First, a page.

I am a proud graduate of Dartington College of Arts, a small liberal arts college near Totnes in Devon with 500 or so students. It was internationally recognised in the arts for its radical and inventive pedagogies in performance, interdisciplinary practices, and practice-based research. In 1925 Dorothy and Leonard Elmhirst bought the neglected, derelict buildings and grounds of the Dartington estate and embarked upon a unique experiment in rural regeneration, one of learning, farming and arts.

Initially the vision included the Dartington Hall School, attended by Lucian Freud, which limited classroom-based learning in favour of involvement in estate activities. Later, in 1961, Dartington College of Arts was founded and former students and teachers will tell you – it was a magical place, where weird and wonderful things happened. The Dartington experience, as a teacher or learner, was physically, conceptually, and philosophically connected to the place and a nexus of histories and energies. As a student you felt part of an evolving vision and continuous narrative, part of something unique and special.

Former programme directors John Hall and Simon Murray (2011) wrote:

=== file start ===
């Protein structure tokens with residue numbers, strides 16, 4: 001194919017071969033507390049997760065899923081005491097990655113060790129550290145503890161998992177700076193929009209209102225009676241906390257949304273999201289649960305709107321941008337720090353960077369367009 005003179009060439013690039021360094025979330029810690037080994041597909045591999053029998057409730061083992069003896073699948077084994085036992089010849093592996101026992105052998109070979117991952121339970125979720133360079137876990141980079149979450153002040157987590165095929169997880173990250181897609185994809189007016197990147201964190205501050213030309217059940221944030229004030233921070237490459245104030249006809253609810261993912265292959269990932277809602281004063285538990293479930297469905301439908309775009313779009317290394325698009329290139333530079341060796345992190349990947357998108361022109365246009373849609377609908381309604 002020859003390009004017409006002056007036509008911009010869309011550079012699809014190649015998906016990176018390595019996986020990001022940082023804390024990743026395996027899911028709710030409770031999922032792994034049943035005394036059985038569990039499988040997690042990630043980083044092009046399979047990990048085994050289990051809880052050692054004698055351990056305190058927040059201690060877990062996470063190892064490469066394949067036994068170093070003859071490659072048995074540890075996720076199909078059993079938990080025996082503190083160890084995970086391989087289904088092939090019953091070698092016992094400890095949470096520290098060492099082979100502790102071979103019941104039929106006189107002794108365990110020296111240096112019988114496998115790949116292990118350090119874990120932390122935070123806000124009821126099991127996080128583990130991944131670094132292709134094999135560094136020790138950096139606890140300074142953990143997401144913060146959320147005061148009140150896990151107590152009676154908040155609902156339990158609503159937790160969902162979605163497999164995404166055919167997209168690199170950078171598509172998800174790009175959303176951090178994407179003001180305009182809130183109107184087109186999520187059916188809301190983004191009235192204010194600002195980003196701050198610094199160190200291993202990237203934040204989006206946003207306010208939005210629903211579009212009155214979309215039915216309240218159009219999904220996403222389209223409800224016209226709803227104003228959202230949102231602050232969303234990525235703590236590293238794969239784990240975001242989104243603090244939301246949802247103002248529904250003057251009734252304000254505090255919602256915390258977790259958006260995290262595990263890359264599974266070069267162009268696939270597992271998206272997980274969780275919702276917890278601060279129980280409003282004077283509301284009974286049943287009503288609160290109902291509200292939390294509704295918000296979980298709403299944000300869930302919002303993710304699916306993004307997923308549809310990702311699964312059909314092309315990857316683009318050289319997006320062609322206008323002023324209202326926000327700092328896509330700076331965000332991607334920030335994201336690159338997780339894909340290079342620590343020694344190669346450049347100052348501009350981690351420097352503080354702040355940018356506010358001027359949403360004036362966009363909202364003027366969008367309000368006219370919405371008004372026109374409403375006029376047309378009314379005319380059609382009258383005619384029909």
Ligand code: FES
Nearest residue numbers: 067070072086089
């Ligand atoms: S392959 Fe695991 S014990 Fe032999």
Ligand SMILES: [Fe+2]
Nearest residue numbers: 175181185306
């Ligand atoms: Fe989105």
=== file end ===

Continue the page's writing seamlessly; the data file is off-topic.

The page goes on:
‘For many who worked and studied at Dartington the power and sense of topographical context became an ambiguous – and sometimes troubling – experience; one which could never be shrugged off but at best engaged with productively and provocatively. The hegemony of place as context had regularly to be challenged and questioned as students became aware that context was more multiple, complex and nuanced than suggested by the often overwhelming – and sometimes disabling – beauty of the estate.’

Dartington Hall Estate. Image: Liz Hudson

At Dartington, the pedagogy tapped into the landscape. There were no lecture theatres as such, no classrooms with defined seating arrangements, just studios and the estate. I recall one lecture, which involved filling a cup with water and walking with it in silence, through fields, over stiles, down to the river at which point we were instructed to just “start writing”.

They could, in hindsight perhaps, have made better use of technology to record and connect these experiences. But, in many ways they got it right, based on what I’ve seen in higher education since. Although there was a learning management system (LMS or VLE), it was only ever used on one occasion that I can recall. Any digital practices at Dartington tended to be playful or creative.